While Sinclair did not single out a specific mislabeled safety system, one example of safety tech that’s created controversy along these lines is Tesla’s Autopilot driving aid. Critics have argued that being labeled “autopilot” suggests the system is hands-free and capable of operating in all driving situations without any human intervention.
“None of the ADAS technologies are 100 percent effective, but they do help a driver in a host of situations,” added Sinclair. There is work to be done in terms of technological refinement, however. He pointed to two AAA studies, where current driver aids proved surprisingly ineffective in preventing accidents. “Probably the most deficient is the pedestrian detection system at night when the cameras are not able to 'see' pedestrians due to low light.”
In a AAA study conducted in 2019 regarding the effectiveness of automatic emergency braking systems with pedestrian detection, the findings discovered the degree of accident prevention was woefully inadequate. The testing was done on a closed course using simulated pedestrian targets and with four midsize sedans. In one test, a collision occurred 89% of the time in a scenario where a "child" dashing out from between two parked cars moved in front of a vehicle traveling at 20 mph. Worse still, during night-time tests, pedestrian detection had a 100% failure rate — none of the vehicles reacted to simulated adult pedestrians.
AAA also recently found similar deficiencies in the effectiveness of automatic emergency braking (AEB) at higher speeds. Four 2022 model year vehicles were used for testing purposes: a Chevrolet Equinox LT with Chevy Safety Assist, a Ford Explorer XLT with Pre-Collision Assist with Automatic Emergency Braking, a Honda CR-V Touring with Honda Sensing, and a Toyota RAV4 LE with Toyota Safety Sense.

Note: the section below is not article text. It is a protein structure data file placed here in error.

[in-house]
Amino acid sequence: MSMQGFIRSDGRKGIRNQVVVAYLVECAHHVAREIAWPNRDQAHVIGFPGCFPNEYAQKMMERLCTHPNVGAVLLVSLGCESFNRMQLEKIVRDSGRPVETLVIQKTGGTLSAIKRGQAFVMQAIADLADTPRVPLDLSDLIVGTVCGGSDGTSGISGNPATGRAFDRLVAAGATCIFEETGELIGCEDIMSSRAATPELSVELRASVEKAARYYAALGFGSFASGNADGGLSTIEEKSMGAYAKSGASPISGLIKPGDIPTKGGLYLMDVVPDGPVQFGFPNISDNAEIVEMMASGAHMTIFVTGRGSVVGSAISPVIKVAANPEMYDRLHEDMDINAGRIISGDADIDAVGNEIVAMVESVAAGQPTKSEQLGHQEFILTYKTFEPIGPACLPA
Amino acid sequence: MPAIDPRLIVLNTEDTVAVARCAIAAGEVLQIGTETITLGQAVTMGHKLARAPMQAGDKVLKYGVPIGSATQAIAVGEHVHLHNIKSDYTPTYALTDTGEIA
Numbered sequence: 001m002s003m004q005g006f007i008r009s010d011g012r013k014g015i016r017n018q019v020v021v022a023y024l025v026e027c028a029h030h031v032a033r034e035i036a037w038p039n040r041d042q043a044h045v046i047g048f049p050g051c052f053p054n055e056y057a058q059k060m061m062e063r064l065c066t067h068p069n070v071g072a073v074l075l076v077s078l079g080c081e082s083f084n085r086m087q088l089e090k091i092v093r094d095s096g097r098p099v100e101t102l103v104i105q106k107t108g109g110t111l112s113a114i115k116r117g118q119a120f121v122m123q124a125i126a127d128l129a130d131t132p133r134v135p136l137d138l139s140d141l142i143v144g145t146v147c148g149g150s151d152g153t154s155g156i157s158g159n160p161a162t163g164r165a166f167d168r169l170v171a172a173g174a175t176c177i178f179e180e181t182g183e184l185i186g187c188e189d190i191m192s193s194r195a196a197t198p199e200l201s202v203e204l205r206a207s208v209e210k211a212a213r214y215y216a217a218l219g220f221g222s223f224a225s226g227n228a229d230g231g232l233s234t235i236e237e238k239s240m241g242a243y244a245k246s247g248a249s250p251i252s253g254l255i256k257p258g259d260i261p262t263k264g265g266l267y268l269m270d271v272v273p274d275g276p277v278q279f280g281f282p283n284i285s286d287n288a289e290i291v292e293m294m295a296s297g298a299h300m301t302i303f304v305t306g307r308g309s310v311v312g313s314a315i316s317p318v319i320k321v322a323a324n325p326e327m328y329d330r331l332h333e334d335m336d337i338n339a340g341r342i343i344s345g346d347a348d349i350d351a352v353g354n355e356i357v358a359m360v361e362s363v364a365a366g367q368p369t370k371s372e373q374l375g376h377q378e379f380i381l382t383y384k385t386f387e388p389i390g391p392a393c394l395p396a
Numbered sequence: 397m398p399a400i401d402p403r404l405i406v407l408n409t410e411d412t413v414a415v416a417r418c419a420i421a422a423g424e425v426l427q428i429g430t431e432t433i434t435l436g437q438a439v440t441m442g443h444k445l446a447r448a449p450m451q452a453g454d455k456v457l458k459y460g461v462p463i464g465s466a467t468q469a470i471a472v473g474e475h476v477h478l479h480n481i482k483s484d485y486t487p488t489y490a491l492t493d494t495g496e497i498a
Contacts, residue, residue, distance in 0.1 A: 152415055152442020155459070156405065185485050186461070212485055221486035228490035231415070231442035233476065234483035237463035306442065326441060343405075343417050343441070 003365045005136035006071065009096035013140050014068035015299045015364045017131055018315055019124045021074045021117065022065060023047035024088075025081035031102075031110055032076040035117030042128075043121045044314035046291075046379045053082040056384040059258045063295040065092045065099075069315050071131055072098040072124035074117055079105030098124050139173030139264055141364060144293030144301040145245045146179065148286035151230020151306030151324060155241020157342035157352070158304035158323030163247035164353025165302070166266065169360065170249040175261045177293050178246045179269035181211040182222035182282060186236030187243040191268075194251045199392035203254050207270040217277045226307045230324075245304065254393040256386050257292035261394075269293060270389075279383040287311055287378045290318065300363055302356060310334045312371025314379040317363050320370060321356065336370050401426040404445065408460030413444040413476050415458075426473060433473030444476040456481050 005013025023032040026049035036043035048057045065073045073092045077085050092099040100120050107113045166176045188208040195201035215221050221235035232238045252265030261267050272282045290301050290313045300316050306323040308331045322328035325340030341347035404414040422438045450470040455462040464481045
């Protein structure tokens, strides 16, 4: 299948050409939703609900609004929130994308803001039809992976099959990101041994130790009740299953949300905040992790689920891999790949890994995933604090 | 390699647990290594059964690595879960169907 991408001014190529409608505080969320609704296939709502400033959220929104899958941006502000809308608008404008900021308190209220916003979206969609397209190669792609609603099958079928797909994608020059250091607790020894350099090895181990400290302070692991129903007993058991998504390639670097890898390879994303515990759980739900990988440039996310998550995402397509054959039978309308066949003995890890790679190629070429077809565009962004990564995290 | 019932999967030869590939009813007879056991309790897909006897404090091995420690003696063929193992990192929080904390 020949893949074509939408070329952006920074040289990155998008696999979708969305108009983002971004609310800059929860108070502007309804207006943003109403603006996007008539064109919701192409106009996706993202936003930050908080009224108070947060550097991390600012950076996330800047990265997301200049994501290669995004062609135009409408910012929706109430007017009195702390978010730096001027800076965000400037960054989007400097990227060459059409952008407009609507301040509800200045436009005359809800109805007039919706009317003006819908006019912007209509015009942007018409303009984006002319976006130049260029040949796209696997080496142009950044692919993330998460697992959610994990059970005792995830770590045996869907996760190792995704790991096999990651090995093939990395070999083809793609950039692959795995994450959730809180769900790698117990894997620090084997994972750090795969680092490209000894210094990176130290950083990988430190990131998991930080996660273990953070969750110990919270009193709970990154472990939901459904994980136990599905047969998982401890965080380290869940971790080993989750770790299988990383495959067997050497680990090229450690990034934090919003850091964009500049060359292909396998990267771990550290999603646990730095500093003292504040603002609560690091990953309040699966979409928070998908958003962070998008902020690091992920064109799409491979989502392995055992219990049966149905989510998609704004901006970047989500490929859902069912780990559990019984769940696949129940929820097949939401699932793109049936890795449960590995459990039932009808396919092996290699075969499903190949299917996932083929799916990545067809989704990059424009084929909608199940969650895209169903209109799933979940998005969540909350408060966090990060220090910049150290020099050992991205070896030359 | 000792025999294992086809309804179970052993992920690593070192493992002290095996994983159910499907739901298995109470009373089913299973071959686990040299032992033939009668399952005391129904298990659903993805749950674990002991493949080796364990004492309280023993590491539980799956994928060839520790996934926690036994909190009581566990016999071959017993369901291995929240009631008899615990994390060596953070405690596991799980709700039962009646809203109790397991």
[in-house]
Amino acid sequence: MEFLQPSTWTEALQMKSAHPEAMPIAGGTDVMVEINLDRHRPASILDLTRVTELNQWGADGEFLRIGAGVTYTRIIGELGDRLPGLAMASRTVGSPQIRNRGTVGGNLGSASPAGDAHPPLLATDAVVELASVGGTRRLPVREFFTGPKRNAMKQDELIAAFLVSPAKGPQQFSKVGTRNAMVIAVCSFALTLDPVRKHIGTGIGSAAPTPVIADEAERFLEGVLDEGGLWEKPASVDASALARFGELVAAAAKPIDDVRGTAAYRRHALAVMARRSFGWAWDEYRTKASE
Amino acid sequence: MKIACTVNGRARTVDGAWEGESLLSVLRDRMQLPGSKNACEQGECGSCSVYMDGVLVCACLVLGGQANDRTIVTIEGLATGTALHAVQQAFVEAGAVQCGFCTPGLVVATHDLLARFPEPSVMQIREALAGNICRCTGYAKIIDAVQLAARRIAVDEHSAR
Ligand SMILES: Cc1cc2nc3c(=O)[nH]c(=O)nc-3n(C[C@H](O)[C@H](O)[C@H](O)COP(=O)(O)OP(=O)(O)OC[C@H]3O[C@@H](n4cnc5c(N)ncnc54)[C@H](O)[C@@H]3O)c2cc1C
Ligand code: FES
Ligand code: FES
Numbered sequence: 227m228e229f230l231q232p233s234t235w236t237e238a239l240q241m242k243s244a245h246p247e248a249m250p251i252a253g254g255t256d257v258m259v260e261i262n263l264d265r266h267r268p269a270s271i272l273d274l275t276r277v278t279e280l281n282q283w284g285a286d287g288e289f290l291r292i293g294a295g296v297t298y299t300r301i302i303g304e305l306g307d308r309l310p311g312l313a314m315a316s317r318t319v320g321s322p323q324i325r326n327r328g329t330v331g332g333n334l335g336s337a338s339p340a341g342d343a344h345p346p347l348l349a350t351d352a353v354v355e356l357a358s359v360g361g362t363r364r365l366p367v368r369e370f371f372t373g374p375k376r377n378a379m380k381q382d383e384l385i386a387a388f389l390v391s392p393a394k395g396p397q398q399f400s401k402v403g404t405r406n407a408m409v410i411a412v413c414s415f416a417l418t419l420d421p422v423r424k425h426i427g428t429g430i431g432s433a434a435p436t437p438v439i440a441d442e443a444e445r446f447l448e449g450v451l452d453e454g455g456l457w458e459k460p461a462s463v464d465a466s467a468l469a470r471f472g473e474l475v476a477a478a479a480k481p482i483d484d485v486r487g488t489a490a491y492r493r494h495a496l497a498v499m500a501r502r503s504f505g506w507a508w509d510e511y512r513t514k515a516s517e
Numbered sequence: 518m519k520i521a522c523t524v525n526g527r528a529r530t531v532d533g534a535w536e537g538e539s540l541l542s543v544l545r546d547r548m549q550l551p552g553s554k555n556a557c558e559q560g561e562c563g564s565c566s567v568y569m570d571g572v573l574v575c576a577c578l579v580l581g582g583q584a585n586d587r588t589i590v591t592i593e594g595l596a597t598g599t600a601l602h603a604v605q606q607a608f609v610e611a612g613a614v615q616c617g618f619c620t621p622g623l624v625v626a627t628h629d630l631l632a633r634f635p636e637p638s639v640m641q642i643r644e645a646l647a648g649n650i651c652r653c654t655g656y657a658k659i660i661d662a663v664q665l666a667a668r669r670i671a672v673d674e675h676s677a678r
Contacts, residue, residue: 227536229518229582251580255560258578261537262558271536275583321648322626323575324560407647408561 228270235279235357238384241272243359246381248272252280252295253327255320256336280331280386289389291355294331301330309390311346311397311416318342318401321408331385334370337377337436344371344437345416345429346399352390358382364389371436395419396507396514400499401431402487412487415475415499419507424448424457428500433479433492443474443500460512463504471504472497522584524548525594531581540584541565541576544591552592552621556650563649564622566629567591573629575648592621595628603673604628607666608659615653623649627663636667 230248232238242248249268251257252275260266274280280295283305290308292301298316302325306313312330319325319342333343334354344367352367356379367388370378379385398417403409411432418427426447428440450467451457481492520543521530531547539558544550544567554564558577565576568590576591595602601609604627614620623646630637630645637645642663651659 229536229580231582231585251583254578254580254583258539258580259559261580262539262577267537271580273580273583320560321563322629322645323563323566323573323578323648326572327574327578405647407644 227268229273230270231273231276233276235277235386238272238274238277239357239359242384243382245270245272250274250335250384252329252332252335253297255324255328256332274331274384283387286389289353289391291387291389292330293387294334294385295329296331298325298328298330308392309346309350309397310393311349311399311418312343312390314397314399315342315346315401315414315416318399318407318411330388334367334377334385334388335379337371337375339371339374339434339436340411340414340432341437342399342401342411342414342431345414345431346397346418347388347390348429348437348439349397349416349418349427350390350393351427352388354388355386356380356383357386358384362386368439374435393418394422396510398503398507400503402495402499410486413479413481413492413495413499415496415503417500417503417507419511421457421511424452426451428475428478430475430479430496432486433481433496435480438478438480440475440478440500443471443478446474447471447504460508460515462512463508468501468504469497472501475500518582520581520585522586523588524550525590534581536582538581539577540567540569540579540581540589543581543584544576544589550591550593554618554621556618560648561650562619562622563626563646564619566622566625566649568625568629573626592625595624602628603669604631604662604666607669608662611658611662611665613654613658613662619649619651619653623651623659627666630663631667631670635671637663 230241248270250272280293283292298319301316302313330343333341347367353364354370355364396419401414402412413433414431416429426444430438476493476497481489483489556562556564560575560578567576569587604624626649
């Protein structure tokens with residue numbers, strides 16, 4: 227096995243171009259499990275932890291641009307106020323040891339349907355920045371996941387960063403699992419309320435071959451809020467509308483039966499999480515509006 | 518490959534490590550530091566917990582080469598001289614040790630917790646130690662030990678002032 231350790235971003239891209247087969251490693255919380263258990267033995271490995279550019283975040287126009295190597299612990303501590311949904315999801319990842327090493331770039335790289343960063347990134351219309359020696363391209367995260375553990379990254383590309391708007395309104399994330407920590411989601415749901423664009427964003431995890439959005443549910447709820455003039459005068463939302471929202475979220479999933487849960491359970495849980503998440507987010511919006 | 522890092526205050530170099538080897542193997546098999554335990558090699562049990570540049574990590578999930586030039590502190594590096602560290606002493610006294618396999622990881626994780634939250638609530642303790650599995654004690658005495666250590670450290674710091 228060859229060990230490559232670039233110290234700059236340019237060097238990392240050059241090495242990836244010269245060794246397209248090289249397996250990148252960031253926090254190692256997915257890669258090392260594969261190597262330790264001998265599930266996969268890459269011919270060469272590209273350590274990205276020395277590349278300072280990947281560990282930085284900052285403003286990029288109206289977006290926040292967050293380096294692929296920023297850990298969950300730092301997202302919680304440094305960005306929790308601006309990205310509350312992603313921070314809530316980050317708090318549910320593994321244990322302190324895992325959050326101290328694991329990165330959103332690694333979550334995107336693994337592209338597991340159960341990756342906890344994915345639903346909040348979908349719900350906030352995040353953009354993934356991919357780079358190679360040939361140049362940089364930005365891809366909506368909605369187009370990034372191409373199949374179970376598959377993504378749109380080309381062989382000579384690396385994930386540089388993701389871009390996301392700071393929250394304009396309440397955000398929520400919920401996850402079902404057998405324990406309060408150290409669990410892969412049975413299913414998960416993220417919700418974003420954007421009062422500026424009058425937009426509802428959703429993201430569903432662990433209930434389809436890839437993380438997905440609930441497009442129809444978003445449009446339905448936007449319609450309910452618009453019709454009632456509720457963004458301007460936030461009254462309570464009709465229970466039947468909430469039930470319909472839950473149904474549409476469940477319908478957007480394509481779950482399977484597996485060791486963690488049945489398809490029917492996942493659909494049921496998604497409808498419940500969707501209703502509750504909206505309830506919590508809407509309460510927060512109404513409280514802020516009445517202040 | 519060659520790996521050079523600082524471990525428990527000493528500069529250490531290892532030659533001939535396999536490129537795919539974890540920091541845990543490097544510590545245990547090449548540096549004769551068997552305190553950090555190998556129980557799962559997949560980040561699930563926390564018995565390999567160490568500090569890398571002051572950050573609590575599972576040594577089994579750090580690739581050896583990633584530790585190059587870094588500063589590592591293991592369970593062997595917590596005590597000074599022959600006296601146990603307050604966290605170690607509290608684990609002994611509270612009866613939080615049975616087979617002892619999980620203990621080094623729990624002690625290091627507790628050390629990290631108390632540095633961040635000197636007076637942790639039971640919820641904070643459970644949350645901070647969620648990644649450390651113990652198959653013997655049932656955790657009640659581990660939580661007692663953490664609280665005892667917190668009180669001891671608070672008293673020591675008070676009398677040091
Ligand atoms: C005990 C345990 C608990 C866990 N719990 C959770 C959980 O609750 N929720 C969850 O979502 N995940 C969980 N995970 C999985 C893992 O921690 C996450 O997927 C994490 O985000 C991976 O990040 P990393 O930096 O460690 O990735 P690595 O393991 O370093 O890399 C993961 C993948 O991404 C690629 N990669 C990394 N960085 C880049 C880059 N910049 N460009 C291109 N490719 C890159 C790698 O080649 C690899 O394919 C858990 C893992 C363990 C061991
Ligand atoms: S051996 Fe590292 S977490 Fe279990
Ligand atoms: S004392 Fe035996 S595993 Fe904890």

At speeds of 30 mph, these AEB-equipped vehicles avoided a rear-end collision with a stationary vehicle/obstacle in 17 of 20 tests. That’s impressive, and even the three "failures" had a silver lining since their impact speed was reduced by 86% on average.
But when testing speed was nudged to 40 mph, the AAA found AEB prevented a crash in only six of 20 test runs. The average impact speed in the 14 failures was at least reduced by 62%. Unfortunately, the findings worsened during tests that used simulated target vehicles, such as T-bone collisions and left turns in front of oncoming vehicles. The failure rate was again 100%.
“The full safety benefits of ADAS will not be realized unless they are fully understood by the consumer, operate properly and are widely adopted,” explained Sinclair. “While ADAS will save hundreds of thousands of lives over the course of time, regrettably, many will still die in crashes. Bad drivers will still drink and drive, run red lights, speed and not wear seat belts. While ADAS is helpful at preventing crashes, there is no substitute for a well-trained, responsible, sober driver for preventing crashes and saving lives.”
Creating safer roads is about more than adding more and more active driving aids onto new vehicles. Consumer education and refinement of the systems themselves are vitally important. Even so, the AAA study notes that, imperfect as some drivers and safety tech might be, ADAS has the potential to save thousands of lives and prevent millions of accidents.